In his poetic ode to the wonder of life, the physicist Richard Feynman gasped at our improbable inheritance as “atoms with consciousness” — a lovely phrase that in so few words intimates the immense superstructure of matter and meaning, the way in which the austere realities of the physical un
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“Oh, there must be a little bit of air, a little bit of happiness… to let the form be felt… but let the whole be sombre,” Van Gogh wrote to his brother as he exulted in the beauty of sorrow — not in that wallowing way some have of making an identity of their suffering, not in the way our c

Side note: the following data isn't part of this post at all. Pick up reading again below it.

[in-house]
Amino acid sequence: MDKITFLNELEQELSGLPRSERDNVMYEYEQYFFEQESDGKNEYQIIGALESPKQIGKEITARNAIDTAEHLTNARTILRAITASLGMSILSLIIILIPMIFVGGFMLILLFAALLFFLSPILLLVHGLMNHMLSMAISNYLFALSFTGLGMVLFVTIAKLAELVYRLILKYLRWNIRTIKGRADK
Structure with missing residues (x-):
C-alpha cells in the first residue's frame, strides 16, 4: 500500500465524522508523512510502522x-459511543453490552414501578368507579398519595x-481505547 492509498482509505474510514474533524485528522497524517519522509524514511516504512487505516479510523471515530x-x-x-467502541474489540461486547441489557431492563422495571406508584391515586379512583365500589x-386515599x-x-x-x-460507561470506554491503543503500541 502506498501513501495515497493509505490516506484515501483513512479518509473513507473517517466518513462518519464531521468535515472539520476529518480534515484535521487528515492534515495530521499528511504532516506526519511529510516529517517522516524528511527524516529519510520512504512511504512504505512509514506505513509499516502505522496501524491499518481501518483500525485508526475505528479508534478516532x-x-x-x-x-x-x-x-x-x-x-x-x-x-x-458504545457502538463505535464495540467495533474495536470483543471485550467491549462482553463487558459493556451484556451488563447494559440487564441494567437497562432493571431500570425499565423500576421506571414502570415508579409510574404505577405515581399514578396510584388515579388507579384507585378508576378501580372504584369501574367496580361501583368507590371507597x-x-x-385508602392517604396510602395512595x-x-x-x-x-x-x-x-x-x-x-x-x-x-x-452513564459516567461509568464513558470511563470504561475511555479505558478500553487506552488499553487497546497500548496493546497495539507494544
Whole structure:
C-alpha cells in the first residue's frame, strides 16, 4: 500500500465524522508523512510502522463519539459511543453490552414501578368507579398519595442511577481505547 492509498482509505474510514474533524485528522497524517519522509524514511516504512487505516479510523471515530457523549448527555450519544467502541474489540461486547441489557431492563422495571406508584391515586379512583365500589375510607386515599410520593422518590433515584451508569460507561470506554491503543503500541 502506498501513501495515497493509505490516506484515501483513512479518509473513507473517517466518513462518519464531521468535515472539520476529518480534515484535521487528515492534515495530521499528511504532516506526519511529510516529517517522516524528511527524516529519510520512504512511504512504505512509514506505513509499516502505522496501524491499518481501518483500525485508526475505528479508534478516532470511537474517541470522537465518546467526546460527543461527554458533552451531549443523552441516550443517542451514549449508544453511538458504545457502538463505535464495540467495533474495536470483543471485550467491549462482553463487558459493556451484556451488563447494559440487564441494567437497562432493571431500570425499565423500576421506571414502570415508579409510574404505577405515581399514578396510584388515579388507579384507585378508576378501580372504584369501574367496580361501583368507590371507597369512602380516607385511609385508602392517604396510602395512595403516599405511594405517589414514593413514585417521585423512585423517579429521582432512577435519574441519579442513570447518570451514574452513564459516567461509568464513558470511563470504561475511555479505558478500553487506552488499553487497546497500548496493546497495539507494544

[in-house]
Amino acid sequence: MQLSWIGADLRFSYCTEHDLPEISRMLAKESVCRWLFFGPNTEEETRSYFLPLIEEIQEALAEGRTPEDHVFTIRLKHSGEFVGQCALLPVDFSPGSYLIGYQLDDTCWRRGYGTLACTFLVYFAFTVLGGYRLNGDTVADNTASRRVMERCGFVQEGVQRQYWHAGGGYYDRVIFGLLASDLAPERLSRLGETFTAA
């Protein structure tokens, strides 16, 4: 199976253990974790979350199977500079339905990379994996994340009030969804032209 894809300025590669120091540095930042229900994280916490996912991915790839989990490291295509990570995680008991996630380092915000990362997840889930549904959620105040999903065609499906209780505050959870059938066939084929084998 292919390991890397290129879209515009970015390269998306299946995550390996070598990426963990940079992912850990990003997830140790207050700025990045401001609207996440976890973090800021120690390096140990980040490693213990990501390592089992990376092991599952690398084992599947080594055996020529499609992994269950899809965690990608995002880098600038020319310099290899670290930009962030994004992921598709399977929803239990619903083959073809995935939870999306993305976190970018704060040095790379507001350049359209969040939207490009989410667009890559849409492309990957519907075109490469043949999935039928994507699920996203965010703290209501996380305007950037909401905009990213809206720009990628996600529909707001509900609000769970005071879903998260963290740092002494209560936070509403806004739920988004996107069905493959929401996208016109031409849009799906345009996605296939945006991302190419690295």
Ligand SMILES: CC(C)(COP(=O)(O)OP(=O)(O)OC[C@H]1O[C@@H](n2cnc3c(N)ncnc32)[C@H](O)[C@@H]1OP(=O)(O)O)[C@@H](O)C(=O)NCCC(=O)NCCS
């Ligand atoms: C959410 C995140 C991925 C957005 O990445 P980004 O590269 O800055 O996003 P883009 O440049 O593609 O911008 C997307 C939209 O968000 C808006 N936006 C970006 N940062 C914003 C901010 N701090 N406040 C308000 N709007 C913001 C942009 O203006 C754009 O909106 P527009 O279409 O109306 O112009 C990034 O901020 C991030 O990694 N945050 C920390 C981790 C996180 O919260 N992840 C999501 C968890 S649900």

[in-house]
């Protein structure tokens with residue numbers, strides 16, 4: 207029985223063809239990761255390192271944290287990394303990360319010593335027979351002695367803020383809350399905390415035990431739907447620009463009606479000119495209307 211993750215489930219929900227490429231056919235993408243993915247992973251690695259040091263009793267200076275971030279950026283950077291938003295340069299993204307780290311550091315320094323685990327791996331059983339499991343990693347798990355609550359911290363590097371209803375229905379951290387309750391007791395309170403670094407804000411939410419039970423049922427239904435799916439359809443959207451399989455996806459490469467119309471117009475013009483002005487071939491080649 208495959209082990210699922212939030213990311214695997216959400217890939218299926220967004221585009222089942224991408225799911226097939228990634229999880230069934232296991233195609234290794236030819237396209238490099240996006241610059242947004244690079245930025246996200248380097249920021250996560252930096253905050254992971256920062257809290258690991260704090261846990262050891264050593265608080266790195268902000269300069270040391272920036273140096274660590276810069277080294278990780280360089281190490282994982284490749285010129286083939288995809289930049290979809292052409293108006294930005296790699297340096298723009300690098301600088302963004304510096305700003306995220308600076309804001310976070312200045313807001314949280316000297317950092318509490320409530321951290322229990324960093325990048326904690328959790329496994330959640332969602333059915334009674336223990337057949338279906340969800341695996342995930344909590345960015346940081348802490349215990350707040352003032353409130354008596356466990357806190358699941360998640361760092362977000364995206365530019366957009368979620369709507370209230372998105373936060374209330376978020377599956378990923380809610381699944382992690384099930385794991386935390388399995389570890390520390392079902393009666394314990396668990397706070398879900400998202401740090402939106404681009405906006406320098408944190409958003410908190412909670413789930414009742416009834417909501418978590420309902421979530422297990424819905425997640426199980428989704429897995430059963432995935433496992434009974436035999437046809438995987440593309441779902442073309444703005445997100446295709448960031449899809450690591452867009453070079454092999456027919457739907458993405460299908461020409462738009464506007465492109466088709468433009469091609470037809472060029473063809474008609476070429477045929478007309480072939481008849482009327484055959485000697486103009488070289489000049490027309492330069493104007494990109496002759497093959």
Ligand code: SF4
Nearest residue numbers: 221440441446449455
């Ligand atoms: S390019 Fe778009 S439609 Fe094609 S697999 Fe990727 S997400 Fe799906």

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“Lights and shadows are continually flitting across my inward sky, and I know neither whence they come nor whither they go; nor do I inquire too closely into them,” Nathaniel Hawthorne wrote in his notebook one spring day in 1840. “It is dangerous to look too minutely into such phenomena.
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